Even more great press (though not for IP)

Wednesday, July 22, 2009
For whatever reason, there's been a run lately of local media basically telling home and business owners they'd be morons not to invest in a security system. This seems like a good thing to me. Reporters, as a whole, are generally skeptical of anything that makes anyone else money (we're petty that way because most of us are so poor (if you want to be rich, do not, under any circumstances, go into journalism. Not all of us can be high-powered security-industry-periodical editors)). So, if they're saying you should buy a security system, the reader understands that, yes, the security company is making money on the deal, but the return to the customer is well worth it. What better viral marketing is there than that? Anyway, the newest example is from Salida, Colorado, a place I expect is fairly beautiful and beatific, but has apparently been troubled by break-ins lately. Police chief Terry Clark gave the security industry a ringing endorsement:
Clark said he's surprised more businesses are not using alarms and surveillance equipment. "If there is one thing a person could do it would be to install an alarm or video system," Clark said.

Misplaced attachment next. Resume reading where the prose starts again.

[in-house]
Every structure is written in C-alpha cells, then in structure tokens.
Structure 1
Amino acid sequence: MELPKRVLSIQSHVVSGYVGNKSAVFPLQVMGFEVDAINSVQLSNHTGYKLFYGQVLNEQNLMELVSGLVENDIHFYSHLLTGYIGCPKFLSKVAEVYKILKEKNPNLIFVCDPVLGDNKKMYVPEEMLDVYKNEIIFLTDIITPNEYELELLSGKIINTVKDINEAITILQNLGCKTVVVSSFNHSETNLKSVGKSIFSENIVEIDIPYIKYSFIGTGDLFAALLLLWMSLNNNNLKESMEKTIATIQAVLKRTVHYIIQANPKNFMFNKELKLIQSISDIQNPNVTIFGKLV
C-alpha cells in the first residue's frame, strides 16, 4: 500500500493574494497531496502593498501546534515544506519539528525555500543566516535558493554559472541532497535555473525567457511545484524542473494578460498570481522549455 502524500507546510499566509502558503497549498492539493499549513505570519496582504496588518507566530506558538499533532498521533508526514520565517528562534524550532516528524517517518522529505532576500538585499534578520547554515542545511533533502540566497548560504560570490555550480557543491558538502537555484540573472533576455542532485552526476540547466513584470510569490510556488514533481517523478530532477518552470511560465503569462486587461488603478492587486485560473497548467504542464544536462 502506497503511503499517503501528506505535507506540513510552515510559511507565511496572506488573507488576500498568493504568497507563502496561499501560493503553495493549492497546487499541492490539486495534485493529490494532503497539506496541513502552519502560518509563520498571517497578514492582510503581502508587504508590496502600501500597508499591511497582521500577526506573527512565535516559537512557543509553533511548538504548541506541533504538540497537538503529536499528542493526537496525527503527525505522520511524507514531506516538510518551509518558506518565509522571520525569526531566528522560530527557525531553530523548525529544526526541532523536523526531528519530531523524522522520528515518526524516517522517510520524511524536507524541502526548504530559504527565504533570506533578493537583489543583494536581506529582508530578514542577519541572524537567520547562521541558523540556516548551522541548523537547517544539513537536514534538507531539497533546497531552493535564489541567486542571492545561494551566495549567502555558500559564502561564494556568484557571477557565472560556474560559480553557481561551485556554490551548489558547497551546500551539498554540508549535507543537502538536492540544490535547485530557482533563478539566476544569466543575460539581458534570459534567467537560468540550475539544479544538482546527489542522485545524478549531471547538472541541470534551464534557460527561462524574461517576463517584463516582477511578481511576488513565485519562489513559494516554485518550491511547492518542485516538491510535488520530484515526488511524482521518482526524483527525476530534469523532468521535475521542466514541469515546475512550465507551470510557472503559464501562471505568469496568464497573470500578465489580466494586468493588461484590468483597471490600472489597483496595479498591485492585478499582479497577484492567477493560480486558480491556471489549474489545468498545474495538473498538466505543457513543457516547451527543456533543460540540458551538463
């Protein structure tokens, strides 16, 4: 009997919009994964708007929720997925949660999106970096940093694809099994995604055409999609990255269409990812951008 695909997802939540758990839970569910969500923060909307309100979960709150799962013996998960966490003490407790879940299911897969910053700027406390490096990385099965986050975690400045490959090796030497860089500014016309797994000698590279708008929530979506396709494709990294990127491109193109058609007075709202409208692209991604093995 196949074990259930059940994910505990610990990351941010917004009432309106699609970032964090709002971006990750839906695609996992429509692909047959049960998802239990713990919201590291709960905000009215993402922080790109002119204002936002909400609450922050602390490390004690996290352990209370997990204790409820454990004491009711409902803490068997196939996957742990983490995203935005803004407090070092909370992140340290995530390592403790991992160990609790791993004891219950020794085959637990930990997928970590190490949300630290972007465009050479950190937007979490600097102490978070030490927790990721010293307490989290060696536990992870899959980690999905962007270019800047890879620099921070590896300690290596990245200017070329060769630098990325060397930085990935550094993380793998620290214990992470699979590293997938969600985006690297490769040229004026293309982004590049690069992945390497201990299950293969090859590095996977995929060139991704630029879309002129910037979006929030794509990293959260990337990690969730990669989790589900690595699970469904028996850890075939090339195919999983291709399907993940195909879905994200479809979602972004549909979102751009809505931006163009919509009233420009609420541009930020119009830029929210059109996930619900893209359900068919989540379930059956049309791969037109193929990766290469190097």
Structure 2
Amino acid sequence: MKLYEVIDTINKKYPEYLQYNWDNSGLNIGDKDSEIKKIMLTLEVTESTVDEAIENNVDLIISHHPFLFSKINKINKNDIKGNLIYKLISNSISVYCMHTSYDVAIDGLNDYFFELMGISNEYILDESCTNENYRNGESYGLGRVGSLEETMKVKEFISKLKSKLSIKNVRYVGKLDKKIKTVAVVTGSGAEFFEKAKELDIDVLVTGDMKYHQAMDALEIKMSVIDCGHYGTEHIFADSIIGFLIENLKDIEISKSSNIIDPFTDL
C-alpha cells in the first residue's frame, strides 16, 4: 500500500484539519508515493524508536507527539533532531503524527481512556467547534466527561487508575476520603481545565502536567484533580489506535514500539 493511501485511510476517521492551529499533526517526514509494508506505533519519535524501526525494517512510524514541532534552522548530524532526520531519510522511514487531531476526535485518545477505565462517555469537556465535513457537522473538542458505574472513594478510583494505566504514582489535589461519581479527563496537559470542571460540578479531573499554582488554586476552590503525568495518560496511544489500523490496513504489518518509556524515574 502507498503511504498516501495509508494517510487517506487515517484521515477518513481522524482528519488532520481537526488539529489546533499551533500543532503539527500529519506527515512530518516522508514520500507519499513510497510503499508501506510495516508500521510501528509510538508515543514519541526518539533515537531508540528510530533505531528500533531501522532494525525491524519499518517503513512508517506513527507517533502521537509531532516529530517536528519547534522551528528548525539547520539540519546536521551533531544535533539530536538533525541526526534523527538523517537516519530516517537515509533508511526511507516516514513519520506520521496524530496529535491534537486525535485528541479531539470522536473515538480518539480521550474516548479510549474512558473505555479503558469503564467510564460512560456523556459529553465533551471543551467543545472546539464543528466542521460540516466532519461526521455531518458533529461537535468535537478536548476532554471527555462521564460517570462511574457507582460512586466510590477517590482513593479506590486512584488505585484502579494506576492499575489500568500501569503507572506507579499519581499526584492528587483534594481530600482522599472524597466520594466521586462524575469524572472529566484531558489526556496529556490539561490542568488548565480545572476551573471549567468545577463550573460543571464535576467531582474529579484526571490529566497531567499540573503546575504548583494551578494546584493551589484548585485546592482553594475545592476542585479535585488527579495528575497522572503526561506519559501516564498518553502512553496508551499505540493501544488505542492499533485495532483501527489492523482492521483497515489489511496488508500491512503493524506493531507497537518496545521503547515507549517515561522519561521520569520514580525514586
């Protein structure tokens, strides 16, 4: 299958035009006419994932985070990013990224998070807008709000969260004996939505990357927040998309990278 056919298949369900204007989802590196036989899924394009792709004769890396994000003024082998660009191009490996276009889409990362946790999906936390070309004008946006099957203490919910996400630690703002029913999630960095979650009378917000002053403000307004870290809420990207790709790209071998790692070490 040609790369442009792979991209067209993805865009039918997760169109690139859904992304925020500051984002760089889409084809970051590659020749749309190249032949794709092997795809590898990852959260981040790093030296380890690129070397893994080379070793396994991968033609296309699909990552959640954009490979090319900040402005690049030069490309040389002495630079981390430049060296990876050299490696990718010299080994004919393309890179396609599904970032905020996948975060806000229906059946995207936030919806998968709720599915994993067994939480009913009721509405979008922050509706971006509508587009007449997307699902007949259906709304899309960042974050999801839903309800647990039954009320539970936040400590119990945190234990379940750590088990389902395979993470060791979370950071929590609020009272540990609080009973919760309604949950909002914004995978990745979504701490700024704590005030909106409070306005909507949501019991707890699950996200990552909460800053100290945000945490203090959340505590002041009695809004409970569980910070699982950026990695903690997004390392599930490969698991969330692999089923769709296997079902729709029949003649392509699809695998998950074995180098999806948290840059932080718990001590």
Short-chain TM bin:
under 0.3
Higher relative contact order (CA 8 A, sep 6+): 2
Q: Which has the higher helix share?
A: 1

Can we get this guy on a national tour or something? Shouldn't one of you big alarm companies give this guy a medal and put him in an ad? Maybe this guy Joe will buy him a beer.
At Knight Security Services in Salida, owner Joe Ellsworth said he's done a few more bids lately and people calling about security systems, but "it hasn't been as drastic as you'd think." [That sentence is sic.] After the June burglaries, Ellsworth said one restaurant that was robbed called him to install a system. "I think there is still a notion, and I think it's true, that we live in a safe town," Ellsworth said.
Note to security guys: Maybe admitting you live in a safe town is not good for business. Just saying...
His business offers security and surveillance systems ranging in cost from $500 to $3,000. "For a typical business in downtown, for a really good system, is about $2,000," Ellsworth said. A popular item is a monitored security system that, once triggered by an intruder, automatically calls authorities.